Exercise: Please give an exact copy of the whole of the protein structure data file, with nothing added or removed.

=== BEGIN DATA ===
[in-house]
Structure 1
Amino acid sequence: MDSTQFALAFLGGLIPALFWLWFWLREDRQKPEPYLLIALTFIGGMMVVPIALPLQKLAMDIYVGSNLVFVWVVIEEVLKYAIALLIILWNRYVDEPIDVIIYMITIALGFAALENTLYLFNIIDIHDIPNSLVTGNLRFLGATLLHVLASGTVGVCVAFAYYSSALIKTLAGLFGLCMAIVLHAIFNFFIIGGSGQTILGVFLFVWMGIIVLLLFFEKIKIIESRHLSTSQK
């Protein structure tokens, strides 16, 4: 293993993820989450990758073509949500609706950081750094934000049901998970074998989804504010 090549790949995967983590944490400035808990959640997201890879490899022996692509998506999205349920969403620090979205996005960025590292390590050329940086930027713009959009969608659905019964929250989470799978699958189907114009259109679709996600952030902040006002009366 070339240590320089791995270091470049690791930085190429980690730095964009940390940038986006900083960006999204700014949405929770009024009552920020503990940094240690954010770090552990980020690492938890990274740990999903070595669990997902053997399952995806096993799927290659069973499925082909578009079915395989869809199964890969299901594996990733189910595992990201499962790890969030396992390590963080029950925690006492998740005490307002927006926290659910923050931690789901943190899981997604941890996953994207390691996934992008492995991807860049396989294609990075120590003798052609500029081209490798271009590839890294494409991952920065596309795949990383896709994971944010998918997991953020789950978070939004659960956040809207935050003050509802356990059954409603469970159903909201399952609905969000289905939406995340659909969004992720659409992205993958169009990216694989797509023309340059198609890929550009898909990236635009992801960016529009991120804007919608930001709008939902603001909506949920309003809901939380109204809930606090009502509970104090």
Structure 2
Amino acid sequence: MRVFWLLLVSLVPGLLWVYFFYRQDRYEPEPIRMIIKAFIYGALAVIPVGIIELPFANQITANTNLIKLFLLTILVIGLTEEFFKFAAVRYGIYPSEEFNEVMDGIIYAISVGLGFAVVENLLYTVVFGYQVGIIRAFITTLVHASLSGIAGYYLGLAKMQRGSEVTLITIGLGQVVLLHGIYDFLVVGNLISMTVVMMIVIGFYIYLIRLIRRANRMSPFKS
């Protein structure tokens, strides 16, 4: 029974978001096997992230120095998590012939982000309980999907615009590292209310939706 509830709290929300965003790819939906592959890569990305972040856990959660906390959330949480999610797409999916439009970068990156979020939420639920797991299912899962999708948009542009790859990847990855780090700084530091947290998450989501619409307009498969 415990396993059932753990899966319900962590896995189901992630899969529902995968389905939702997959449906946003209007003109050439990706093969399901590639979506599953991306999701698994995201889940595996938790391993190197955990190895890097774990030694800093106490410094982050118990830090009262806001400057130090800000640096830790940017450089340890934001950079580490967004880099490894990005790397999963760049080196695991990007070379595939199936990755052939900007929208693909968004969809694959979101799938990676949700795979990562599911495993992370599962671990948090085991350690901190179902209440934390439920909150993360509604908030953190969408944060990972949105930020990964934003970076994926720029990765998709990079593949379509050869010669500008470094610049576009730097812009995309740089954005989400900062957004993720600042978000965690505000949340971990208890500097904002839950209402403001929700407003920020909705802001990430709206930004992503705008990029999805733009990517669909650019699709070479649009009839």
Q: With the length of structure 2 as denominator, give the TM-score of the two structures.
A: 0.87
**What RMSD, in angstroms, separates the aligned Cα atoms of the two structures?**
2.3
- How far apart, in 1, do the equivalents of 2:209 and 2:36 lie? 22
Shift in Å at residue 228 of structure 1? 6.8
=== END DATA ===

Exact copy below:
[in-house]
Structure 1
Amino acid sequence: MDSTQFALAFLGGLIPALFWLWFWLREDRQKPEPYLLIALTFIGGMMVVPIALPLQKLAMDIYVGSNLVFVWVVIEEVLKYAIALLIILWNRYVDEPIDVIIYMITIALGFAALENTLYLFNIIDIHDIPNSLVTGNLRFLGATLLHVLASGTVGVCVAFAYYSSALIKTLAGLFGLCMAIVLHAIFNFFIIGGSGQTILGVFLFVWMGIIVLLLFFEKIKIIESRHLSTSQK
């Protein structure tokens, strides 16, 4: 293993993820989450990758073509949500609706950081750094934000049901998970074998989804504010 090549790949995967983590944490400035808990959640997201890879490899022996692509998506999205349920969403620090979205996005960025590292390590050329940086930027713009959009969608659905019964929250989470799978699958189907114009259109679709996600952030902040006002009366 070339240590320089791995270091470049690791930085190429980690730095964009940390940038986006900083960006999204700014949405929770009024009552920020503990940094240690954010770090552990980020690492938890990274740990999903070595669990997902053997399952995806096993799927290659069973499925082909578009079915395989869809199964890969299901594996990733189910595992990201499962790890969030396992390590963080029950925690006492998740005490307002927006926290659910923050931690789901943190899981997604941890996953994207390691996934992008492995991807860049396989294609990075120590003798052609500029081209490798271009590839890294494409991952920065596309795949990383896709994971944010998918997991953020789950978070939004659960956040809207935050003050509802356990059954409603469970159903909201399952609905969000289905939406995340659909969004992720659409992205993958169009990216694989797509023309340059198609890929550009898909990236635009992801960016529009991120804007919608930001709008939902603001909506949920309003809901939380109204809930606090009502509970104090």
Structure 2
Amino acid sequence: MRVFWLLLVSLVPGLLWVYFFYRQDRYEPEPIRMIIKAFIYGALAVIPVGIIELPFANQITANTNLIKLFLLTILVIGLTEEFFKFAAVRYGIYPSEEFNEVMDGIIYAISVGLGFAVVENLLYTVVFGYQVGIIRAFITTLVHASLSGIAGYYLGLAKMQRGSEVTLITIGLGQVVLLHGIYDFLVVGNLISMTVVMMIVIGFYIYLIRLIRRANRMSPFKS
């Protein structure tokens, strides 16, 4: 029974978001096997992230120095998590012939982000309980999907615009590292209310939706 509830709290929300965003790819939906592959890569990305972040856990959660906390959330949480999610797409999916439009970068990156979020939420639920797991299912899962999708948009542009790859990847990855780090700084530091947290998450989501619409307009498969 415990396993059932753990899966319900962590896995189901992630899969529902995968389905939702997959449906946003209007003109050439990706093969399901590639979506599953991306999701698994995201889940595996938790391993190197955990190895890097774990030694800093106490410094982050118990830090009262806001400057130090800000640096830790940017450089340890934001950079580490967004880099490894990005790397999963760049080196695991990007070379595939199936990755052939900007929208693909968004969809694959979101799938990676949700795979990562599911495993992370599962671990948090085991350690901190179902209440934390439920909150993360509604908030953190969408944060990972949105930020990964934003970076994926720029990765998709990079593949379509050869010669500008470094610049576009730097812009995309740089954005989400900062957004993720600042978000965690505000949340971990208890500097904002839950209402403001929700407003920020909705802001990430709206930004992503705008990029999805733009990517669909650019699709070479649009009839």
Q: With the length of structure 2 as denominator, give the TM-score of the two structures.
A: 0.87
**What RMSD, in angstroms, separates the aligned Cα atoms of the two structures?**
2.3
- How far apart, in 1, do the equivalents of 2:209 and 2:36 lie? 22
Shift in Å at residue 228 of structure 1? 6.8